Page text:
Kuri Dorayaki (via GiO)

The iconic Japanese pancake, chestnut version…

A dorayaki, it’s a set of 2 pancakes filled with anko (azuki bean jam). For the seasonal touch, kuri (chesnut) is added to the anko.

The tigered are called tora-yaki (tora is tiger). They are popular in Osaka as the local base-ball team is the Hanshin Tigers.

More and detailed recipe…

Kuri 1, the Japanese chestnut (via gourmande in Osaka)

L.Y. Grilled Japanese chestnut + 5 recipes…

Read more.

The kuri, Japanese chestnut is not like the chestnut I knew in France.


The flesh is more yellow…

Read more.

Kuri Dorayaki

A dorayaki, it’s a set of 2 pancakes filled with anko (azuki bean jam). For the seasonal touch, kuri (chesnut) is added to the anko.

Remark : this is not the type of breakfast pancake that are served hot and eaten as soon as they are made. Usually, dorayaki are bought in specialized shops or prepared in advance. They are served cold, at tea time. They can be kept a few days (with or without refrigeration, depending on filling), and also brought to friends in a nice gift box.

Of course, no law says you cannot eat them fresh and hot. I think it’s not done because there exist many cousin hot cakes sold in Japanese street stalls :

imagawayaki
taiyaki

There are new styles of dorayaki, fluffier, with other fillings. Today is classic, with baking soda and a dash of soy sauce in the batter.

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Quest of the perfect shape.

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Bits of kuri (Chinese sweet chestnuts) added to tsubu-an. A little honey and brandy for flavor.

The tigered are called tora-yaki (tora is tiger). They are popular in Osaka as the local base-ball team is the Hanshin Tigers.

Even cats can be tigered.

HOW TO ?

THE BATTER (Old Fashion style)

This recipe is a retro version, slightly reduced in sugar.

-Liquid :
50 g of egg (1 egg, M size),
25 g of sugar (yellow cane sugar),
1 ts of honey,
a few drops of soy sauce (or a pinch of salt),
2 ts of water.
-Powders :
50g of flour
1/2 ts of baking soda.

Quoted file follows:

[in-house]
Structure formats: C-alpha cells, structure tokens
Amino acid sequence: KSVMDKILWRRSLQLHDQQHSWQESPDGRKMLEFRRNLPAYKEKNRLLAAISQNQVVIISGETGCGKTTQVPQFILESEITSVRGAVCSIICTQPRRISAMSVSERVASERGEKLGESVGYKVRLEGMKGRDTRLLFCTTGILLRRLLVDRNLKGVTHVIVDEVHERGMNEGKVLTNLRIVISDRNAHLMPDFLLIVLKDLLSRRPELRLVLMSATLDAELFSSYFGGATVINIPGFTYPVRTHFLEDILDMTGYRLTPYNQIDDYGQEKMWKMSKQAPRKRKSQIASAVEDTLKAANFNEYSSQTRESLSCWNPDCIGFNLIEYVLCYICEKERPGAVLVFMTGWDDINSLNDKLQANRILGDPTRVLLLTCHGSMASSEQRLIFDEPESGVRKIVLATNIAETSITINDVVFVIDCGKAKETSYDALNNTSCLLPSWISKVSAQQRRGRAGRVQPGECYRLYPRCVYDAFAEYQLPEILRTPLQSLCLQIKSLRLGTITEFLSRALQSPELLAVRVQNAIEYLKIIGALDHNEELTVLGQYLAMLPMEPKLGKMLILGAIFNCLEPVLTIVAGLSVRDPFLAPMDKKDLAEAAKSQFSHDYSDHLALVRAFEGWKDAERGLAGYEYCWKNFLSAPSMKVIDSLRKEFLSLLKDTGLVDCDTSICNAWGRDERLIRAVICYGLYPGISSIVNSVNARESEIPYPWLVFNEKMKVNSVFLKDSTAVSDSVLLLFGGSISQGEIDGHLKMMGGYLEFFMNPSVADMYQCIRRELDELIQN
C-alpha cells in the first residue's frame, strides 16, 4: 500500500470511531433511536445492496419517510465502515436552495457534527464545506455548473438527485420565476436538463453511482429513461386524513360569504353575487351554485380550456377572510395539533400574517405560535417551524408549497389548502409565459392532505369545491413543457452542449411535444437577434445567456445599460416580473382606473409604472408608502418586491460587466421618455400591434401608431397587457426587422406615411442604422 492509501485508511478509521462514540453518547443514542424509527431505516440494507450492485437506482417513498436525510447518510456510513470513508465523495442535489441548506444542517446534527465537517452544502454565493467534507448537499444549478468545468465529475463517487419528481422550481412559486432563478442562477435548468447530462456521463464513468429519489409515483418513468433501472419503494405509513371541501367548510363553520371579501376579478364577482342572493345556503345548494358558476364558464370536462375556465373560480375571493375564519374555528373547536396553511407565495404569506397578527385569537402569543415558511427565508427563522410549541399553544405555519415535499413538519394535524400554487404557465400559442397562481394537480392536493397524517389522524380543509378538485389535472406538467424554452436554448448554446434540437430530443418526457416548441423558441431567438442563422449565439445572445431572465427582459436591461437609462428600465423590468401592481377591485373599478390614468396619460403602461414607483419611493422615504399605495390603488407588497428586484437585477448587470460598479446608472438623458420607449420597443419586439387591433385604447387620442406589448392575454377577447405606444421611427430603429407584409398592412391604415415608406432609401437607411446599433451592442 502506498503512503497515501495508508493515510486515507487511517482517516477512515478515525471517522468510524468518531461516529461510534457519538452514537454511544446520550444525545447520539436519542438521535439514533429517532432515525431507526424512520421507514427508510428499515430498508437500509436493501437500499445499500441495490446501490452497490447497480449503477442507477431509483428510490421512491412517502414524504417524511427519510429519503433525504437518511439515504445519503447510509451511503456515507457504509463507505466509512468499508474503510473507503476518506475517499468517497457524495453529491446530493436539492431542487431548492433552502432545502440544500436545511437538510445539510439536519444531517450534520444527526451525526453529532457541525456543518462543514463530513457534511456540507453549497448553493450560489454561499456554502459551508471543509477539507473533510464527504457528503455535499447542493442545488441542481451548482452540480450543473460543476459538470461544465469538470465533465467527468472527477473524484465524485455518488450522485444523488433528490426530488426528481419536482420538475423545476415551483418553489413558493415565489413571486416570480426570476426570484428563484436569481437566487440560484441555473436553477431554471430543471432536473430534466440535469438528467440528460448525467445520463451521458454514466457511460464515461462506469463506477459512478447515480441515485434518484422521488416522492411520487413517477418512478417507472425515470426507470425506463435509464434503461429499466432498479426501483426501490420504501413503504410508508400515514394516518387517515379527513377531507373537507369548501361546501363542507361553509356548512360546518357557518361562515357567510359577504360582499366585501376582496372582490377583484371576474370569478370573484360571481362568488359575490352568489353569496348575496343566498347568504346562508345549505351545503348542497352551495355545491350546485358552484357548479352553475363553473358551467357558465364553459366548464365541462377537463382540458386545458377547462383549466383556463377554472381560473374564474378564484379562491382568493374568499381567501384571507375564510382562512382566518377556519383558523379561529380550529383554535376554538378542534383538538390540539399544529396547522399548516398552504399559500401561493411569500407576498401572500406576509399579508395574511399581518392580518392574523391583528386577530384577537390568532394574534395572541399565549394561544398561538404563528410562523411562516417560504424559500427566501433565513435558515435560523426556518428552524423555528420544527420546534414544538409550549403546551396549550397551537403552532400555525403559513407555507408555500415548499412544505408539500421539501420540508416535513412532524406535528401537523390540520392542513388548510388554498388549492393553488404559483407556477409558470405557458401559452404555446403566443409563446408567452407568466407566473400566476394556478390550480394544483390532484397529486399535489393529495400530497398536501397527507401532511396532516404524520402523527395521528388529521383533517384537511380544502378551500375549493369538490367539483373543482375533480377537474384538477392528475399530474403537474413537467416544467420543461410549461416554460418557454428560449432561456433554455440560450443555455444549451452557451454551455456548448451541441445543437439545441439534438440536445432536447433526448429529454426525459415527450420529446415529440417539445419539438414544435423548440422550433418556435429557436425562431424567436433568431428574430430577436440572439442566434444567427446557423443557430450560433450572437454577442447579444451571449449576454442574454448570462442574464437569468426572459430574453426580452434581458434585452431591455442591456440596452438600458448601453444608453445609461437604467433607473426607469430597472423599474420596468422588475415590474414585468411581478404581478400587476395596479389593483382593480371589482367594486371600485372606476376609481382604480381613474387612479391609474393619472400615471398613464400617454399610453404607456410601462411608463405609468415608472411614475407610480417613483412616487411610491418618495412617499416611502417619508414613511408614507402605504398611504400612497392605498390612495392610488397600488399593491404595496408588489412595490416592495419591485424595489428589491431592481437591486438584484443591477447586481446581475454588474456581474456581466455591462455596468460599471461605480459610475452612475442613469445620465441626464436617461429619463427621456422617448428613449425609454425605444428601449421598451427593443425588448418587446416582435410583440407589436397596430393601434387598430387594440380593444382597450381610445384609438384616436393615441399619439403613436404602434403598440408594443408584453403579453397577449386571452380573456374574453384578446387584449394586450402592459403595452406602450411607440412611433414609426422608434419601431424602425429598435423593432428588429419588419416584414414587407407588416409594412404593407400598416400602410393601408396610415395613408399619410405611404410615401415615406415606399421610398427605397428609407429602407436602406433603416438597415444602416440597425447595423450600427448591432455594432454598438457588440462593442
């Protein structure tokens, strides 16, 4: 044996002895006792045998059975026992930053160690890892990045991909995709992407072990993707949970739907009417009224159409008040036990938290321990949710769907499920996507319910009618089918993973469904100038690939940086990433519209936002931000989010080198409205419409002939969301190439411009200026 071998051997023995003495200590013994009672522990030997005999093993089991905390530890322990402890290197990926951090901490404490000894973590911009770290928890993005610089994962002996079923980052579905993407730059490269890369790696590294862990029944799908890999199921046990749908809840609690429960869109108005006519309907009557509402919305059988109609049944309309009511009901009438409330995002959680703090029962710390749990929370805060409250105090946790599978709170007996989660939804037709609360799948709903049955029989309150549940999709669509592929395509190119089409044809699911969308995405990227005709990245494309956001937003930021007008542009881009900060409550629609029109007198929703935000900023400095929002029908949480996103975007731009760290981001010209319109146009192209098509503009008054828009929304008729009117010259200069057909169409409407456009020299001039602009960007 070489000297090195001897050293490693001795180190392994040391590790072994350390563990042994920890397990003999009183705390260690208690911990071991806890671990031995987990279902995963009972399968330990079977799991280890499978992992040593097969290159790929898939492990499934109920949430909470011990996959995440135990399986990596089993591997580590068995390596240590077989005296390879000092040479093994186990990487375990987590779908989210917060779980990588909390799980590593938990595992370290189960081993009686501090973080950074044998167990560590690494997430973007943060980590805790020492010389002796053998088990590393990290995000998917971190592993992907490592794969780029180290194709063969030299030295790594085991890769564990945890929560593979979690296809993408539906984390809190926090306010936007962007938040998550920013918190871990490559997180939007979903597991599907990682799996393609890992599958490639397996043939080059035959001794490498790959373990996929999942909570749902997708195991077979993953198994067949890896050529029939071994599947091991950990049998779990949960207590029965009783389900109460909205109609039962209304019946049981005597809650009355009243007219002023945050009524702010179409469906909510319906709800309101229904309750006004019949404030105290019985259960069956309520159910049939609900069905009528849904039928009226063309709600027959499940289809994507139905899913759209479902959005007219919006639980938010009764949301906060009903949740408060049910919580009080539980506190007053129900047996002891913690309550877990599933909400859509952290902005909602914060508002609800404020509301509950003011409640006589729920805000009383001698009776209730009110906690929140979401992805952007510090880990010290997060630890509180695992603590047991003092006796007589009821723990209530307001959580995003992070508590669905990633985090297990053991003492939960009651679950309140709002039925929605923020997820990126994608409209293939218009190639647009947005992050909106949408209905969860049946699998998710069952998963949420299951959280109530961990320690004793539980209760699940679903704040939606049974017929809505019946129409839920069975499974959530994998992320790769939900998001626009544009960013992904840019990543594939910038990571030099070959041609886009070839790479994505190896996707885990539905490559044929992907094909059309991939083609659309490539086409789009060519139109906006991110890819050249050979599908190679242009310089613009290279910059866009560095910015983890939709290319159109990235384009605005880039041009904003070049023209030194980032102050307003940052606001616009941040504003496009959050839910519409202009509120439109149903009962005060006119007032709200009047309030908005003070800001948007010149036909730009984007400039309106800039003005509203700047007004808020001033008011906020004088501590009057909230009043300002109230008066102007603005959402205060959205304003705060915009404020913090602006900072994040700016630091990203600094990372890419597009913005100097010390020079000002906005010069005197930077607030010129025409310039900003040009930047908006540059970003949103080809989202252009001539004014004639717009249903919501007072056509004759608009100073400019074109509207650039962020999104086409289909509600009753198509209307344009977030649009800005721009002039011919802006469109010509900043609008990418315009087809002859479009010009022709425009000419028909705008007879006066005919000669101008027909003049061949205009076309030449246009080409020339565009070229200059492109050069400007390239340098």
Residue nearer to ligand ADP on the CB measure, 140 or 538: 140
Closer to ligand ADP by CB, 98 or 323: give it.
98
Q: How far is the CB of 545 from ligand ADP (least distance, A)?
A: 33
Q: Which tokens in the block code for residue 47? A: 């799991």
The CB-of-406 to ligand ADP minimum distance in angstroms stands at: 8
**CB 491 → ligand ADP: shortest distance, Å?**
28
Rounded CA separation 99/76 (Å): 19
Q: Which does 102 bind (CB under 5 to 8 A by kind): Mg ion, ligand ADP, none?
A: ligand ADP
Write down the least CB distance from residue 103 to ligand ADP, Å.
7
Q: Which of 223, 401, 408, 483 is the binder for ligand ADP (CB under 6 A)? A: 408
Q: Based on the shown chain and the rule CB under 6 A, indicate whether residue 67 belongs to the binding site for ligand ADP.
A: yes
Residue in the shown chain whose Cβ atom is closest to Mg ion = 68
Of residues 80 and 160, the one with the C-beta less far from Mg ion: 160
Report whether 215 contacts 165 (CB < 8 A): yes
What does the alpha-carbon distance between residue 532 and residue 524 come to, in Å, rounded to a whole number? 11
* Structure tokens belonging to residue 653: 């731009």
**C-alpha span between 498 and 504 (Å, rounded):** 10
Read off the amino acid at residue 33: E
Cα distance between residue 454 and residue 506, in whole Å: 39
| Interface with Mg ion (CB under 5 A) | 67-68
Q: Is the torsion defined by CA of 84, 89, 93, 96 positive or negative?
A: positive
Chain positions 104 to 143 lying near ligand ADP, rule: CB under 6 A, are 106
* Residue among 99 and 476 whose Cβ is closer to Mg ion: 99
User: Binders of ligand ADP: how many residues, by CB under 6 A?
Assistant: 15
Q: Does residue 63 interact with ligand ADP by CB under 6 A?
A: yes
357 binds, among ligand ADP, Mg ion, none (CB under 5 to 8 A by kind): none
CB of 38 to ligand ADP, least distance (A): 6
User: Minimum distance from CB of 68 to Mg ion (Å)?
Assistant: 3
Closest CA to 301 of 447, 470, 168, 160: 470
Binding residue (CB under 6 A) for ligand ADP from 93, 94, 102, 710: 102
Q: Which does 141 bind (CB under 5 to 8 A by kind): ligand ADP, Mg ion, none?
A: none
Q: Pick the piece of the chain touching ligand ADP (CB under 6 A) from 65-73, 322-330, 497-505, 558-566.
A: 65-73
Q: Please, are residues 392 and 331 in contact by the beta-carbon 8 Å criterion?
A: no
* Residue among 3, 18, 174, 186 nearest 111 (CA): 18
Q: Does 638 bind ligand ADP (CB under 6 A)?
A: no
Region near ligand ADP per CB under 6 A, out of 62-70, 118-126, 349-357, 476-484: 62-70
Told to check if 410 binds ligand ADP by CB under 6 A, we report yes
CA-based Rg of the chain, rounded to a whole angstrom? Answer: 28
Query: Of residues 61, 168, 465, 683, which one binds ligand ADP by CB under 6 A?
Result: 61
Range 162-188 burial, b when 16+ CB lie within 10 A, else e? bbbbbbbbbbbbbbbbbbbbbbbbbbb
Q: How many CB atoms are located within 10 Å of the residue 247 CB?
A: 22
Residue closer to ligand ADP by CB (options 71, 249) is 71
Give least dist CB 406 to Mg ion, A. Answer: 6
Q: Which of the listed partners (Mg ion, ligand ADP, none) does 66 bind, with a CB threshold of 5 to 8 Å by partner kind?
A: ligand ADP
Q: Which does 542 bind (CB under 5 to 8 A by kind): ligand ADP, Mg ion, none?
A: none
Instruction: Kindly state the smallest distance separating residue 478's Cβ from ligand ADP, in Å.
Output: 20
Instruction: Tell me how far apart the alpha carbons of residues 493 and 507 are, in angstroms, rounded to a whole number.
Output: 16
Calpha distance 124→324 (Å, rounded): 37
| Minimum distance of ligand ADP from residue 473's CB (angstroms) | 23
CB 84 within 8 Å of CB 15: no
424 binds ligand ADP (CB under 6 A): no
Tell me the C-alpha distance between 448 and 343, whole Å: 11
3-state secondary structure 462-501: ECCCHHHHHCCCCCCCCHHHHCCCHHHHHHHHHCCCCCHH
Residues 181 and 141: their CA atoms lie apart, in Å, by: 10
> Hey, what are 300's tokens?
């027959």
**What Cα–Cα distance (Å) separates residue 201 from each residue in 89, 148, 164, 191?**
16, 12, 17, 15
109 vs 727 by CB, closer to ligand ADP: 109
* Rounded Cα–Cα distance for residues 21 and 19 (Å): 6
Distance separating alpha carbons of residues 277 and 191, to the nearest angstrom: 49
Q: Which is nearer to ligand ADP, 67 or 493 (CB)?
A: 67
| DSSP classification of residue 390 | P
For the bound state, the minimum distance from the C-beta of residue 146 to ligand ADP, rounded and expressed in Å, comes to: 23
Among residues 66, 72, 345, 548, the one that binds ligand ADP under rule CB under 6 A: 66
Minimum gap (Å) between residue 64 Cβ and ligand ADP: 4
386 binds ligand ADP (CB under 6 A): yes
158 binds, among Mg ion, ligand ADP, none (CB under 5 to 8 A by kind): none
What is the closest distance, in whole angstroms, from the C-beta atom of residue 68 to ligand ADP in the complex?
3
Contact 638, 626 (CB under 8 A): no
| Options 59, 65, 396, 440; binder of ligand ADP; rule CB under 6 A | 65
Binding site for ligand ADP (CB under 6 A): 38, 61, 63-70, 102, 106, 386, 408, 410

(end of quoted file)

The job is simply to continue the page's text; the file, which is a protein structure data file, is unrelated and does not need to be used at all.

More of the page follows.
-Beat the sugar and egg with a whisk, till a white foam appears, add the other liquids while beating.
-Mix well the powders with a second whisk. Sift on top of eggs while whisking.
-Beat well. You should get a creamy smooth batter. Add a little water if it’s too thick.

WAIT 1 HOUR

-Check the texture. It is too thick usually, add a little water 1 tbs at a time to obtain a creamy and nearly fluid batter. Stir slowly with a spoon.

SLOW COOKING ON A HOT-PLATE :

To have a perfect surface and brown color on one side, the Japanese bakers make them on an electric (teflon style) hot plate, at 140 degrees C. It’s low heat. I used a sauce-pan, it’s slower as I had to do 1 by 1 (for nice shape), while they can do 6 on a familial okonomiyaki plate, and maybe 30 on the plates they use in shops.
The pan/plate has to be warm, then pass a piece of kitchen paper with oil. Don’t let any drop of oil. The drops cause the irregularities of color.
Pour 1 spoon of batter in the middle, not more, it will spread in a circular shape by itself. If it’s too small, use a bigger spoon for the next ones.
Cook at low (middle) heat. You can put a lid to go quicker. That took me 3 minutes per side.

FILLING AND SHAPING :

The last trick is they take 2 hot pancakes from the the plate, fill them immediately, then squeeze them a few seconds in their hands to make the curvy shape like a dora (gong). The cakes will keep the shape when they cool down.
I was not able to do that perfectly because when my second pancake is cooked, my first one is already cold. LOL